WASHINGTON—A new generation of American war veterans is being born of the combat in Afghanistan and Iraq, and it is high time Congress crafted a new GI Bill with the same enhanced benefits that were provided for their grandfathers in World War II and Korea, and for their fathers and uncles who fought in Vietnam.
The original GI bill, signed by President Franklin D. Roosevelt in June 1944, provided educational benefits to 8 million veterans. It also provided low-cost guaranteed loans for veterans to buy homes or farms, as well as medical assistance after they were discharged. Similar benefits were provided to veterans of the Korean War. In 1966 a new GI bill was passed providing the same benefits for veterans of the Vietnam War.
In the peacetime year of 1984, with an all-volunteer military emerging from the shadow of Vietnam, Congress passed a stripped-down version of veterans' benefits known as the Montgomery GI Bill Program. It was a temporary program made permanent in June 1987.
It is that program that now applies to America's new war veterans, and it provides little enough.
Only if a new enlistee signs up for the college benefit at the time of enlistment, or during boot camp, and agrees to have his pay reduced by $100 a month for his first 12 months of service, is he eligible for the education benefits—36 months of assistance at the rate of approximately $1,000 per month.
What is missing from this picture?
Well, the dependents of service members killed or disabled on active duty receive 45 months of education benefits, and that is little enough given the sacrifice their families have made.
But the 36 months of benefits for a newly returned veteran is simply not enough. Most of them have been in the military for four years or more. They are a long way from their last high school classroom and most require remedial classes, especially in math and writing skills needed to perform up to college standards.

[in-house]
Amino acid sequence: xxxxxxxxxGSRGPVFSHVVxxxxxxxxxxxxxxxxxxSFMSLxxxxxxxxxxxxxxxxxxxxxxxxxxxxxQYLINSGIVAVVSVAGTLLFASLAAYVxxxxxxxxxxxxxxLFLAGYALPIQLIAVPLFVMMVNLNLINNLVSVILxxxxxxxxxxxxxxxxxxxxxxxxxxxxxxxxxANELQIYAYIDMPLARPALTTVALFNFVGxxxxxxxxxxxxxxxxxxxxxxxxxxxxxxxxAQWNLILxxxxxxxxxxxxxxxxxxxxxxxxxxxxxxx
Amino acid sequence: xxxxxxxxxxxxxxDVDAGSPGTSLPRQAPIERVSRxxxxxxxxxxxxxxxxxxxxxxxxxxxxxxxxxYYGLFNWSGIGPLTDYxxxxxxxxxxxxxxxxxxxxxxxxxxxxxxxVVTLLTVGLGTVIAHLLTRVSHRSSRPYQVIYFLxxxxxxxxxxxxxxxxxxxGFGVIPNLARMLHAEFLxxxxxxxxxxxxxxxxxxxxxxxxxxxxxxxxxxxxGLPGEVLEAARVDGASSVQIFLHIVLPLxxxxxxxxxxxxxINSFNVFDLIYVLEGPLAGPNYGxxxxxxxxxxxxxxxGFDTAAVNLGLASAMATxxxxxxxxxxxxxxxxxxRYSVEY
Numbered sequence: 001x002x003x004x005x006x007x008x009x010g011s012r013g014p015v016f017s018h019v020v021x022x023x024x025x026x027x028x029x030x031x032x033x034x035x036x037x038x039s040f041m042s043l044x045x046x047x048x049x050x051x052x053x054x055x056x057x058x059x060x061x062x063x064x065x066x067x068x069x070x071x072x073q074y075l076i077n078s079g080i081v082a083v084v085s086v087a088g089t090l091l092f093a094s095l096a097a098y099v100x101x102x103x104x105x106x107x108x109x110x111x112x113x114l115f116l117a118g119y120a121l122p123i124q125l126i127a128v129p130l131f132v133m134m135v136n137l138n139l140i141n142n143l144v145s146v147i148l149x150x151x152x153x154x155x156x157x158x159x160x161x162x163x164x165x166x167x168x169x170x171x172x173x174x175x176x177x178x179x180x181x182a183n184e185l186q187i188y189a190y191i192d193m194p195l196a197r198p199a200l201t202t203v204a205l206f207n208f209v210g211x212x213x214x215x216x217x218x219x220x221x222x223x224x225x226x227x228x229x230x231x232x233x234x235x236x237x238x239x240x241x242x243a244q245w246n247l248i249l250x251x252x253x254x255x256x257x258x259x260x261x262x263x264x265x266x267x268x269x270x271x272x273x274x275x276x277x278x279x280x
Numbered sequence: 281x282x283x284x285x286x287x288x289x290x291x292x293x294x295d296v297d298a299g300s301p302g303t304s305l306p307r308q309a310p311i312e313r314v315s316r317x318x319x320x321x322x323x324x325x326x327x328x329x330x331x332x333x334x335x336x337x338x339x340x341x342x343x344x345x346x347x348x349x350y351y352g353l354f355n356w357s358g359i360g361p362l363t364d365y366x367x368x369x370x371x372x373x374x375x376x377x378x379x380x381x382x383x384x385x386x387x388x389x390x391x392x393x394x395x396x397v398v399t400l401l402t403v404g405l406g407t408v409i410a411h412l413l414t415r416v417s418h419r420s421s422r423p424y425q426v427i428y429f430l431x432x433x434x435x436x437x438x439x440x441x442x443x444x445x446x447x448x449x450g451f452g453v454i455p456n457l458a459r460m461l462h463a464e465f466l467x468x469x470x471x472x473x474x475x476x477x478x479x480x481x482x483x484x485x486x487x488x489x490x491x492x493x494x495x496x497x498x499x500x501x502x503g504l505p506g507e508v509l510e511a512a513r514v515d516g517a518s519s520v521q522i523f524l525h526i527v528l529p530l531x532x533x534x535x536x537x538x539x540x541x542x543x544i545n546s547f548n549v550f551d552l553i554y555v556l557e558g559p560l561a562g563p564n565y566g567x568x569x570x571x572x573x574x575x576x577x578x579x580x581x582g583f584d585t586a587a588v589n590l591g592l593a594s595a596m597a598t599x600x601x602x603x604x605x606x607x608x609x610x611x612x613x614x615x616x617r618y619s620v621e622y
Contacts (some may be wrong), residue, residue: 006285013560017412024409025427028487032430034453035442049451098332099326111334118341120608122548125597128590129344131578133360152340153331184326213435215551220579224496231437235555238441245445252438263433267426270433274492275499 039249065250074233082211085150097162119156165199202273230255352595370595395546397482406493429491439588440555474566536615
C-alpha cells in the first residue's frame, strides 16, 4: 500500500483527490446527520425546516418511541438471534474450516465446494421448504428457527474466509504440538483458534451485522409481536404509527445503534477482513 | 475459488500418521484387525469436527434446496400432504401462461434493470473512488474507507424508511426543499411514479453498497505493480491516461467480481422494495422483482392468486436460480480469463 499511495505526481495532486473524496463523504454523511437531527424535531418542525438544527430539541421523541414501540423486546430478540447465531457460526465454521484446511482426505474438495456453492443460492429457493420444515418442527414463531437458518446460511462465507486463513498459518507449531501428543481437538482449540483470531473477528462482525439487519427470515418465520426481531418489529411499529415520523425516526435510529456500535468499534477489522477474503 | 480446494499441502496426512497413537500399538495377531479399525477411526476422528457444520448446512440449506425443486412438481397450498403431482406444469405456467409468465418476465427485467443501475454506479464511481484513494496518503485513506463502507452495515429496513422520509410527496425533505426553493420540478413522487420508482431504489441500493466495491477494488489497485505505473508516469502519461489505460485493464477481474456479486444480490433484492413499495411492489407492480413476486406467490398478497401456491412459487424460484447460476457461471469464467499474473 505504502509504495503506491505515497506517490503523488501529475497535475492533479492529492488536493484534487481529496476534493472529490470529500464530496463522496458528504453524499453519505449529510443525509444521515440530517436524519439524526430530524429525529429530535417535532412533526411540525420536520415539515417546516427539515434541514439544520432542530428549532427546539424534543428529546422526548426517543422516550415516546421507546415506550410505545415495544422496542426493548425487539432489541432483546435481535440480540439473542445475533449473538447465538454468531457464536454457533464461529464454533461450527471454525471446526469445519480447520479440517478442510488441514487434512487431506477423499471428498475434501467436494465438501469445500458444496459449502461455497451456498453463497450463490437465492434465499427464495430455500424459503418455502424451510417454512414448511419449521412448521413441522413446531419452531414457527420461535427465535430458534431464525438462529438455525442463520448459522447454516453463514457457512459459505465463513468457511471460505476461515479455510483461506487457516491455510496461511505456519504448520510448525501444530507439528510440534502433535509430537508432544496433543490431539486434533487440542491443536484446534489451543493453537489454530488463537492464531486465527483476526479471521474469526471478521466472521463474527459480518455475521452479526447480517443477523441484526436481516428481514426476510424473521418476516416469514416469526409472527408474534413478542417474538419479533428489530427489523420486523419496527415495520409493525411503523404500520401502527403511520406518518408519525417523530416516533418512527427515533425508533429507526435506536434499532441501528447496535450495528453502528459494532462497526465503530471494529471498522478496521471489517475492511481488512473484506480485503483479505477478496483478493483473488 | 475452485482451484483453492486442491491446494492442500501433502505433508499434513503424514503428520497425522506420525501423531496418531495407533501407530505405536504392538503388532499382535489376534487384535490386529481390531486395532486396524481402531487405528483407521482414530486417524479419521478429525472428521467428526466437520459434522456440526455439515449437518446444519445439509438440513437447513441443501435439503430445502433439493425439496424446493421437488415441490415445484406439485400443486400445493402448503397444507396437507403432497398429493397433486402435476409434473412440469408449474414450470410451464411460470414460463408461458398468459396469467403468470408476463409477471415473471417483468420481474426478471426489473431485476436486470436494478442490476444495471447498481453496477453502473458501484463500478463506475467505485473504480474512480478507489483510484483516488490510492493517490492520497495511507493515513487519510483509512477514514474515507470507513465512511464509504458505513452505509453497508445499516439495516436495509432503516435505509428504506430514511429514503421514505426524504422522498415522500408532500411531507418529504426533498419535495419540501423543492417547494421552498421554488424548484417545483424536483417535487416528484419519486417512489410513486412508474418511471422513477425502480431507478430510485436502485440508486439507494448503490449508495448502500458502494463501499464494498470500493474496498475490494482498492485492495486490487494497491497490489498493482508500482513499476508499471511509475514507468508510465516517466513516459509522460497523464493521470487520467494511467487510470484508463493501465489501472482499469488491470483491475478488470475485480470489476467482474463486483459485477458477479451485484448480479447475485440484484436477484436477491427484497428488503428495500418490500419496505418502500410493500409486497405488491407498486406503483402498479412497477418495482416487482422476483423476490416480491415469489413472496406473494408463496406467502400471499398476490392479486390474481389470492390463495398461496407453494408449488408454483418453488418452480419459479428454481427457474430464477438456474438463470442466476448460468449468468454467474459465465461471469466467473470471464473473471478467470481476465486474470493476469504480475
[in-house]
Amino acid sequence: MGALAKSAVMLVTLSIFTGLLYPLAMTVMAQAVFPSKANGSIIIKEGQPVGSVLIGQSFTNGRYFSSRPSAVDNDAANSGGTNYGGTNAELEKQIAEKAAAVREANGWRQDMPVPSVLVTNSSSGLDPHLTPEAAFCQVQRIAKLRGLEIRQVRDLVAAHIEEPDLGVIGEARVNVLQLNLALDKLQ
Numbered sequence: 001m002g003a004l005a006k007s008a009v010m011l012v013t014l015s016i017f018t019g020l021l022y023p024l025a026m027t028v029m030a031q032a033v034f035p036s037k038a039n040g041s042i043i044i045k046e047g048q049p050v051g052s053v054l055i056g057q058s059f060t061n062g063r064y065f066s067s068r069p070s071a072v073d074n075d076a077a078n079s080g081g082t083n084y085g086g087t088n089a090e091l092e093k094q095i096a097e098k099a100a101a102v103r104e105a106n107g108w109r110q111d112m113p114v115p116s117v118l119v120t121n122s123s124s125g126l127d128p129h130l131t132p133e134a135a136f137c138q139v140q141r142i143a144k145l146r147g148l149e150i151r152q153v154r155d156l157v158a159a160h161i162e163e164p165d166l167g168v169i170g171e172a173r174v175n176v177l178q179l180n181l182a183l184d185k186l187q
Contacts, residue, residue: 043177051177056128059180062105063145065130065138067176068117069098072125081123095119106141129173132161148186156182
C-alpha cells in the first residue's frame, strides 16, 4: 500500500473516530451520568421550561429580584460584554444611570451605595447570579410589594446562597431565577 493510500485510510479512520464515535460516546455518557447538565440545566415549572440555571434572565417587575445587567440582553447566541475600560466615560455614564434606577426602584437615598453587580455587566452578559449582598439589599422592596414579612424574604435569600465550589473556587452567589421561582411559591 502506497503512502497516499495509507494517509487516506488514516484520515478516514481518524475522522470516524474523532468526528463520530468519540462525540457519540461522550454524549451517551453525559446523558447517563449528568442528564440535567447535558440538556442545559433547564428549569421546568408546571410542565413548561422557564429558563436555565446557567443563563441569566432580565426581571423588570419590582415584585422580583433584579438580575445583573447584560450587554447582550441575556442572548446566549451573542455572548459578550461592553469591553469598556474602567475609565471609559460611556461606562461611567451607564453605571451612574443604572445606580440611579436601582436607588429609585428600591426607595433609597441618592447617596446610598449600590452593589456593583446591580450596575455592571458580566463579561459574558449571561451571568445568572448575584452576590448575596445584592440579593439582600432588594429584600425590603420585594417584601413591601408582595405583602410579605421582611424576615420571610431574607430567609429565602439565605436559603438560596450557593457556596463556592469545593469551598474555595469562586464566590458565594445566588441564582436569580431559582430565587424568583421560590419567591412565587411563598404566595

There is no room in the 36 months of benefits for that, which means these new veterans coming up on their fourth and final year in college see their monthly checks dry up and disappear.
Jeremy Clements, a Marine veteran of service in Afghanistan and a sophomore at Santa Fe Community College in Gainesville, Fla., says more than half the veterans entering his school have to take the remedial classes.
"If there is a change of your major that's a big problem," Clements said. "If it's a big shift you've wasted two years of your benefits."
Jesse Bishop, an Army Ranger veteran of Afghanistan and a junior at the University of Florida in Gainesville, said the dependents of killed or disabled service members "get a semester and a half to take remedial courses before tapping into their 45 months of benefits."
Rosanna Powers is a Marine veteran of service in Kuwait and the mother of a young child whose father was killed in Iraq. Her brother also was killed in Iraq. She is a freshman at Santa Fe Community College, and says it takes the average student at all schools 40 months to complete a four-year degree.
"The Vietnam-era veterans received 44 months of educational benefits and did not have to contribute (from their military pay)," Powers said. "Benefits for wartime veterans should be different from those of peacetime veterans. This can be resolved with more educational benefits for recent veterans."
In the beginning, in 1944, the GI Bill was viewed as an investment—an investment in our future—and what an investment it proved to be. Eight million tapped educational benefits, and their impact on the colleges and on the nation's economy as they poured out into the workforce was phenomenal. The home loan guarantees for those veterans had a similar impact on the economy and society in general.
It makes no sense at all that Congress votes all the money the Defense Department asks for to fight the wars in Iraq and Afghanistan, but is cheap when it comes to the young men and women who wear the uniform and risk their lives for our country.
It is high time for Congress to draft a new GI Bill for this new generation of war veterans who are just as deserving of our support as were their grandfathers and fathers in their day.
ABOUT THE WRITER
Joseph L. Galloway is the senior military correspondent for Knight Ridder Newspapers and co-author of the national best-seller "We Were Soldiers Once ... and Young